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Why are the Montreal Canadiens Jammed at 24?

 
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PostPosted: Sat May 05, 2018 11:50 am    Post subject: Why are the Montreal Canadiens Jammed at 24? Reply with quote

Why are the Montreal Canadiens Jammed at 24?



By Bruce Jessop (Germany)



The long and glorious history of the most decorated team in hockey has been taking a beating for many years. In fact 25 years.

The last Stanley Cup winning team bringing glory to the city of Montreal and the province of Quebec was in 1993.

Why has it been so long; a quarter of a century to be exact, since the Habs hoisted the hockey world’s most coveted trophy and some may say the most unique and beautiful in all of sports?

There are a number of factors for this draught. In order to dissect these factors one must return to the origin of the team’s creation in 1909-10 and work our way up to the 2017-18 season.



(Photo from the vaults of International Hockey Archives)


The Montreal Canadiens were one of three teams (Shamrocks and Wanderers) represented in Montreal in the NHA’s (National Hockey Association of Canada) seven team league. The first season Les Canadiens finished last with a record of 2 wins and 10 loses of a 12 game schedule. The 1910-11 season saw the team improve to eight wins and eight loses during a sixteen game schedule of a now thinned out five team league. The following seasons leading up to the team’s first ever Stanley Cup in the 1915-16 season was an up and down experience.



(Photo from the vaults of International Hockey Archives)


The team then had to wait until the 1923-24 season to capture their second ever Stanley Cup. A number of the players on the second cup winning team were also part of the first winning team. The stage was set for a newer younger generation of players.



(Photo from the vaults of International Hockey Archives)


The above photo taken for the start of the 1924-25 season displayed a crest with a Globe symbolizing the previous years world champions claim.

The next cups were back to back wins in 1929-30 and 1930-31 and featuring Howie Morenz and Aurèle Joliat as the star forwards. Sylvio Mantha on defense and George Hainsworth minding nets.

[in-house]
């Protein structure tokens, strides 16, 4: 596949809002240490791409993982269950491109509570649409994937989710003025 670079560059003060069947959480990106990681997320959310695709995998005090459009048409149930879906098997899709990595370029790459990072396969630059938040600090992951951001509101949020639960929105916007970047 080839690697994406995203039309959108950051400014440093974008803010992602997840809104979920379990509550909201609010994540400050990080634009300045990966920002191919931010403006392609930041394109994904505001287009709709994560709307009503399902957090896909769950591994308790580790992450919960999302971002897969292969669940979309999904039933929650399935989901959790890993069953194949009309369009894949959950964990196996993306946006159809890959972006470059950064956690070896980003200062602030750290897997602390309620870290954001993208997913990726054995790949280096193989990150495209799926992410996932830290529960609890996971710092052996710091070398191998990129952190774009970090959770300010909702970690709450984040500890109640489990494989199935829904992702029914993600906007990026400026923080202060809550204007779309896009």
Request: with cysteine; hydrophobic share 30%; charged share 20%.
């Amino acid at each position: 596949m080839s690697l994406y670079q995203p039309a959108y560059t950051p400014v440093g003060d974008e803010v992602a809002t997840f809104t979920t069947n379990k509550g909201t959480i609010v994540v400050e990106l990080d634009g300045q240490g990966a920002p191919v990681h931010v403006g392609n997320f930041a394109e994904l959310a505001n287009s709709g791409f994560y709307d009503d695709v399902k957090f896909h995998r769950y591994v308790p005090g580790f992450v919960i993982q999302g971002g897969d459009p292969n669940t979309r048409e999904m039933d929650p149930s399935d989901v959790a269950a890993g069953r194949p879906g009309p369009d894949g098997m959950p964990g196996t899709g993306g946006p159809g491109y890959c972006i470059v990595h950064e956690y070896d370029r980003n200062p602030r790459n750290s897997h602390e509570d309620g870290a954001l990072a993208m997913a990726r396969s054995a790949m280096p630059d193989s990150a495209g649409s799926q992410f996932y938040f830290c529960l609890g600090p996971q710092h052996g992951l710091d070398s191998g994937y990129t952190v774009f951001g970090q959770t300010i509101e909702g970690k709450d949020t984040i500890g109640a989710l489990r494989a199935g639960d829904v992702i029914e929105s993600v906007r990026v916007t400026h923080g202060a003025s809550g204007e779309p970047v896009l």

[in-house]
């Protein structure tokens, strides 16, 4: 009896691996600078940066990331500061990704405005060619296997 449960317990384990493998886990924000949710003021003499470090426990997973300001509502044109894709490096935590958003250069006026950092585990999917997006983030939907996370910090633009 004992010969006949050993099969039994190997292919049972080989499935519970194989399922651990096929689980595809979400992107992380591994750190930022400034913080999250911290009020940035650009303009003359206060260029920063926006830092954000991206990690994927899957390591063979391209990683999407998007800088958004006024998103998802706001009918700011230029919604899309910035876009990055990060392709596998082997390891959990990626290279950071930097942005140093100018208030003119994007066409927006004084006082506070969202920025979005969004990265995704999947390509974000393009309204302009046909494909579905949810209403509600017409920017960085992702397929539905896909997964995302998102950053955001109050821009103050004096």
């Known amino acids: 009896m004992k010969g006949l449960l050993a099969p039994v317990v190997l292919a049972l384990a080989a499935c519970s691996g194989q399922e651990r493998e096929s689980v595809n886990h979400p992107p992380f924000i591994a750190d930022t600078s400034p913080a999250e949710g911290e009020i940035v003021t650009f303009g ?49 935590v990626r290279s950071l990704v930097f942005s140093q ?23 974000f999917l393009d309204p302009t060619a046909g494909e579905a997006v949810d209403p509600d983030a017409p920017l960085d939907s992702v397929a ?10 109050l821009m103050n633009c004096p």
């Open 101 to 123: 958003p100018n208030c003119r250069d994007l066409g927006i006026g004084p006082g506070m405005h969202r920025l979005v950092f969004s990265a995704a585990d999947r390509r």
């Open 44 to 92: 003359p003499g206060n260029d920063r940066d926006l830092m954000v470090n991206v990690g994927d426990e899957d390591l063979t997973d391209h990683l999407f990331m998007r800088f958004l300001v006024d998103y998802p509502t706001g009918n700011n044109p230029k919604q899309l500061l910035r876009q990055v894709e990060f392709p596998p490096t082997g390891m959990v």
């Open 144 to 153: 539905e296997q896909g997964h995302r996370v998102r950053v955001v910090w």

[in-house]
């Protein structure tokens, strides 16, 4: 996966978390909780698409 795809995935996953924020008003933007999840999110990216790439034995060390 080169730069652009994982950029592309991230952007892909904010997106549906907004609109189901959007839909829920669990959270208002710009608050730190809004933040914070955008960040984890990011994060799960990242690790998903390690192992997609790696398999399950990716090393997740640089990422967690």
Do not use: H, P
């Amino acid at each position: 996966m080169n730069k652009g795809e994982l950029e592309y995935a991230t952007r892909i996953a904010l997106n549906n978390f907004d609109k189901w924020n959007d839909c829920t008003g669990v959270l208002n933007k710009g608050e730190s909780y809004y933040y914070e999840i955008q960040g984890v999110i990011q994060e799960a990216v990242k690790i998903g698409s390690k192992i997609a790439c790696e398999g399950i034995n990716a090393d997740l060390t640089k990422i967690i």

(Photo from the vaults of International Hockey Archives)


Montreal would have to wait another 13 years before celebrating its most famous team. This was the era of “The Punch Line” a young Maurice “Rocket” Richard with, Elmer Lach and Toe Blake.



(Photo from the vaults of International Hockey Archives)


Following the teams 1944 and 1946 wins the team waited another seven years before hoisting the cup in 1953.

The team welcomed a new generation of players with the likes of Jacques Plante, Bernie Geoffrion, Dickie Moore and went on to the glory years of the franchise with a mix of talented young players blending in with respected and seasoned veterans.



Celebrating the 1953 Stanley Cup are from left to right: #12 Dickie Moore, #5 Bernie “Boom Boom” Geoffrion and #14 Billy Reay.
(Photo from the vaults of International Hockey Archives)


To add into the mix of greatness the long awaited arrival of Jean Béliveau finally pried away from the Québec Aces after a 2 game tryout at age 19 in 1950-51 bagging 1 goal and adding 1 assist and 3 game 5 goal introduction during the 1952-53 season le “Gros Bill” as he was referred too arrived for the real beginning of his glorious career and made the Habs a powerhouse for many years to come.



From the 1955-56 to 1959-60 season the Canadiens would establish the longest consecutive run of 5 straight Stanley Cups. The record still stands to this day. The great Maurice Richard retired following the 5th win.



(Photo from the vaults of International Hockey Archives)


The Habs would continue to accumulate another 4 Stanley Cups during the 60’s decade, in 1965, 1966, 1968 and 1969 seasons.



(Photo from the vaults of International Hockey Archives)